LINCOLN, R.I. (WPRI) — It was the morning of August 10, 2011, when a Lincoln Woods park ranger noticed a car parked just outside the Twin River Road entrance. The car had been parked there for hours in the sun with its windshield wipers on.
The ranger called the nearby State Police barracks to report the odd sight. When troopers arrived they saw blood on the bumper and opened the trunk to make a grisly discovery: the body of 25-year-old Ronny Almonte. The young father had been shot to death.
Almonte’s death shattered the worlds of his sisters and mother, who live in New York.
“Never in my life would I think that anything would happen to him,” Isabel Robles, Almonte’s sister told 12 News.
While Almonte was the youngest of five, to his sisters he was their protector.
“It was really hard,” Robles said. “All the way when we were driving [to Rhode Island], all I can think of was how? Why? Why would anybody do anything to him? We were wordless. There is nothing you can compare to that.”
Almonte’s family believes he was killed over missing drug money, though his sisters and mother said he never had involvement in criminal activity.
Instead they think an acquaintance blamed him for the stolen cash, which put a target on his back.
“He did have friends and associates that may have been known to law enforcement and it’s believed those persons could have contributed to his death,” State Police Detective Robert Hopkins said.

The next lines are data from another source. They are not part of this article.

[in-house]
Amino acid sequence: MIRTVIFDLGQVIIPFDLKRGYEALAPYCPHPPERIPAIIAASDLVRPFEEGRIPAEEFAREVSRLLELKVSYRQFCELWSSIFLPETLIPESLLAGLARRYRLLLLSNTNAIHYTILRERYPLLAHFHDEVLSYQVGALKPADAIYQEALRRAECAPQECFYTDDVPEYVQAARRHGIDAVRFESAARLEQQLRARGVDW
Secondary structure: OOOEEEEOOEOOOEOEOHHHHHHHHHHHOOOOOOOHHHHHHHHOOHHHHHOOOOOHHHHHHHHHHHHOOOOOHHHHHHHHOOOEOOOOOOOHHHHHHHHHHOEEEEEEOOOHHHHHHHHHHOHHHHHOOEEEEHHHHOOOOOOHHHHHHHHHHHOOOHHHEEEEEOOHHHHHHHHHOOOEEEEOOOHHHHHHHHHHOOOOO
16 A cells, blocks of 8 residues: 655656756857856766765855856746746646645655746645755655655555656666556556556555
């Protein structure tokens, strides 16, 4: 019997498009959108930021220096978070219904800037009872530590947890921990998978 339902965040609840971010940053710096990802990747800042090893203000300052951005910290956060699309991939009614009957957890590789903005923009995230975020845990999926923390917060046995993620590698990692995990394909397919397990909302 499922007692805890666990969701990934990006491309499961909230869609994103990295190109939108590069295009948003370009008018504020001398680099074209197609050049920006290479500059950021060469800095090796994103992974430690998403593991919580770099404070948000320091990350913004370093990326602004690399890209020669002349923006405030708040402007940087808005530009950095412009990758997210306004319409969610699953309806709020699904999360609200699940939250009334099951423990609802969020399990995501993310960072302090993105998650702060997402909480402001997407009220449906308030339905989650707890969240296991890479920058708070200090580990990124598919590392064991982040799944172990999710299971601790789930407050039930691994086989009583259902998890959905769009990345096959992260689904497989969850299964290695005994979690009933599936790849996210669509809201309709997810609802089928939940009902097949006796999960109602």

Hopkins wouldn’t say if there’s any DNA evidence that still needs to be tested in the case, or if the murder weapon was ever found.
Close to 10 years later, Hopkins said the Major Crimes Unit continues to actively investigate Almonte’s death.
“This is one that we would like someone to come forward and provide us with information,” he said. “But if not, we’ll use what we have to ultimately put it together.”
Almonte’s mother wears her son’s photo on a pendant around her neck, hoping whoever knows the truth about his death finds it in their heart to come forward.
“She just wants justice,” Robles said, interpreting her mother’s word from Spanish. “She wants them to be able to find them and make them pay for what they did.”
To bring in more leads, Almonte was added to a deck of cold case playing cards. Each card highlights an unsolved homicide or missing person case in Rhode Island. Almonte is the three of Diamonds.
Anyone with information is asked to call 1-877-RI-SOLVE.